by Cal Bombay
A few days ago, my daughter and I went to watch the movie, The Sound of Freedom.
I knew the movie was getting a lot of attention and had a vague idea what it was about. But I wasn’t prepared for what I saw—or for the tightening in my gut and the crushing memories of my own experience in South Sudan. I watched with an altogether too familiar abhorrence.
You see, I too was involved in human trafficking twenty-five years ago. (see: I Owned Slaves – Gardens of Hope (gardensofhopecharity.org)
As I watched the truth of present-day human trafficking being exposed in vivid emotional detail, I felt a wrenching in my soul for the victims. How could I not when faced with the horrors and inhuman treatment of children being kidnapped or bought, then sold and used in stone-cold but highly organized money-based brutality. It shook me to the core.
It brought up memories of buying slave children in Sudan. Unlike the monsters portrayed in this film, I was there to pay for their freedom.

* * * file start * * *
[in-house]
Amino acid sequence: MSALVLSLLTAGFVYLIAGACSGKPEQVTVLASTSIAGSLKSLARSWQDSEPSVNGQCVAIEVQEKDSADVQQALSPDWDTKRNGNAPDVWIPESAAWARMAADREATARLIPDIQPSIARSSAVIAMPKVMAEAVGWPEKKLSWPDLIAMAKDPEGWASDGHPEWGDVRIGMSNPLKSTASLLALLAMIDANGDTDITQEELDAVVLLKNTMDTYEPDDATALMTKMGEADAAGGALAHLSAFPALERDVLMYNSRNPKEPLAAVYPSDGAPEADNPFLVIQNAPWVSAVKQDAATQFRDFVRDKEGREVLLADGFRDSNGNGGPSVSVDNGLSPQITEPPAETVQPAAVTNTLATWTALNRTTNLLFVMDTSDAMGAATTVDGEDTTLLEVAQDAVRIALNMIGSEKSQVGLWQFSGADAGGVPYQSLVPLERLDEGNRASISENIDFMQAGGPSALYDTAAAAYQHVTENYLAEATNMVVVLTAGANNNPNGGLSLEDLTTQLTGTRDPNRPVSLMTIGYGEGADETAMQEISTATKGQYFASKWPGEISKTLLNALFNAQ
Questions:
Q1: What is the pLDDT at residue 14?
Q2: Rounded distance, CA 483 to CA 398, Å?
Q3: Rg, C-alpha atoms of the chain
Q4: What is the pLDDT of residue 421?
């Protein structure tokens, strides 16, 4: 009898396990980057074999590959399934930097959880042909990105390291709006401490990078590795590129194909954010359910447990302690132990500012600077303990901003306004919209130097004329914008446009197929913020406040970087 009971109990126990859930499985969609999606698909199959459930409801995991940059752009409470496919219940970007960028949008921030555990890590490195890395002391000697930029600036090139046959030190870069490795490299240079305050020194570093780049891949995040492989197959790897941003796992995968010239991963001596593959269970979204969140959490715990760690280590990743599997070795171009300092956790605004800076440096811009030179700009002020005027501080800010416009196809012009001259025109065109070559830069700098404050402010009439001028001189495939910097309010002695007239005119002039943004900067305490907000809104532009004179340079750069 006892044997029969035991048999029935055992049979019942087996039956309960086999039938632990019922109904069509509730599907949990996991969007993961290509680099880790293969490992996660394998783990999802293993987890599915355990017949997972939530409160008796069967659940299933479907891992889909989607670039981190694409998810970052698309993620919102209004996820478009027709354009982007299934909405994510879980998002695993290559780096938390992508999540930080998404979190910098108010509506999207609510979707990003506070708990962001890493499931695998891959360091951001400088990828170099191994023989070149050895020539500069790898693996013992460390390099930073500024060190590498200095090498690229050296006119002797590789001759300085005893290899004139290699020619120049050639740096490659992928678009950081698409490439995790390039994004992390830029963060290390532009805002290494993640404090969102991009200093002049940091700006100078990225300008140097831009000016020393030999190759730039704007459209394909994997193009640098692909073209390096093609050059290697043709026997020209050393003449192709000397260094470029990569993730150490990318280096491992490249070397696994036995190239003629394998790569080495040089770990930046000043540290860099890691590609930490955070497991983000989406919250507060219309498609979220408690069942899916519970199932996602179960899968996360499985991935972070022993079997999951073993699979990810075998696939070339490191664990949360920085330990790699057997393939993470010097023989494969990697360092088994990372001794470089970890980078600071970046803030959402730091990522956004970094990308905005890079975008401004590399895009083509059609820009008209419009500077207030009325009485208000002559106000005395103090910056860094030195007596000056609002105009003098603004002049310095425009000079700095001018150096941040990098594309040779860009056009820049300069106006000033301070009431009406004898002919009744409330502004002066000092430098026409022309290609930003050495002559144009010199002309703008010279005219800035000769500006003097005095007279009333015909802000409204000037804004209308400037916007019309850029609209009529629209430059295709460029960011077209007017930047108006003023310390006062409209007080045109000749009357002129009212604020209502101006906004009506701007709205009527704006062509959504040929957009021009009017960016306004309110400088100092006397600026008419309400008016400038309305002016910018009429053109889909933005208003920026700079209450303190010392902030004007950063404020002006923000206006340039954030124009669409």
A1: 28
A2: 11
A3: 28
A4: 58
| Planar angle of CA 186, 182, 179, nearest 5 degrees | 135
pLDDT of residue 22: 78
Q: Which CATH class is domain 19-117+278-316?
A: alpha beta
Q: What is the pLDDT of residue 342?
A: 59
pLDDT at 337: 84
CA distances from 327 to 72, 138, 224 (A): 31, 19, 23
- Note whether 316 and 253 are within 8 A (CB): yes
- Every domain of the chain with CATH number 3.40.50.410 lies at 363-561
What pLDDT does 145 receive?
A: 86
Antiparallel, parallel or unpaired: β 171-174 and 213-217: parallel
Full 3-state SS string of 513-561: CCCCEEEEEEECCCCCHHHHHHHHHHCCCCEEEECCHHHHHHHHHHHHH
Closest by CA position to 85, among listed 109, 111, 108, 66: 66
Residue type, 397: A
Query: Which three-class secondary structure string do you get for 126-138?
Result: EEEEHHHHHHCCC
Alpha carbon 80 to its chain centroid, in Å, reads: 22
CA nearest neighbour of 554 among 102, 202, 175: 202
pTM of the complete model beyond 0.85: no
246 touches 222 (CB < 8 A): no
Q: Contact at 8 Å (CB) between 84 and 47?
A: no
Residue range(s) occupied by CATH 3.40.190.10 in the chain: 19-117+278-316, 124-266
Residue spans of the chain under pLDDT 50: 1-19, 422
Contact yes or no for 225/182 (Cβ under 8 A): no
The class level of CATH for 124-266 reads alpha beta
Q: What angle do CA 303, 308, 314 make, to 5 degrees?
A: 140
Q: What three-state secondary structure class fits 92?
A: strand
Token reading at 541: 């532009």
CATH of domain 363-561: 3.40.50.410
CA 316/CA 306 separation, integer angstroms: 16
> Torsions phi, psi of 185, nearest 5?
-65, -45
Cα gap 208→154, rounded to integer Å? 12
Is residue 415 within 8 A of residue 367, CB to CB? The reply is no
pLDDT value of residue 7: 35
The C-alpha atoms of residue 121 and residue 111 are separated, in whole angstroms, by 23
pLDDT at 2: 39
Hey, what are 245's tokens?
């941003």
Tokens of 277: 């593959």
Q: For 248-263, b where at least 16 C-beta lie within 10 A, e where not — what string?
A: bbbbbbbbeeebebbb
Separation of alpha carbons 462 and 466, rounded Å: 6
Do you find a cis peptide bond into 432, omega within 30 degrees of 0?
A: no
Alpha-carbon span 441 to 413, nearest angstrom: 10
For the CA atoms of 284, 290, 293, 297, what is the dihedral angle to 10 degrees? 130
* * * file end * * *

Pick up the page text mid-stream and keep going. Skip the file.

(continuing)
On the movie screen and in real life, I’ve seen their misery. I’ve witnessed the physical and emotional trauma of ruthless sexual perverts.
What’s happening is demonic.
Two million “stolen” people, mainly young women and children, are right now in their prisons of repeated abuse. It shatters my trust in our “enlightened modern society” which allows it to happen and has produced some new shadowy laws and language which seem to endorse this kind of evil.
How I wish I were young again and could wage war against such heinous wickedness! But that is a fight for another generation to take up.
At 86, all I can do is continue working from the other side of this societal mess, feeding children and families whose only prison is long-term refugee status. At least these children can smile and even laugh! … and eat when we can get to them.
You can help by providing gardens for food, supporting organizations with integrity who are working to stop human trafficking, and most of all, by praying.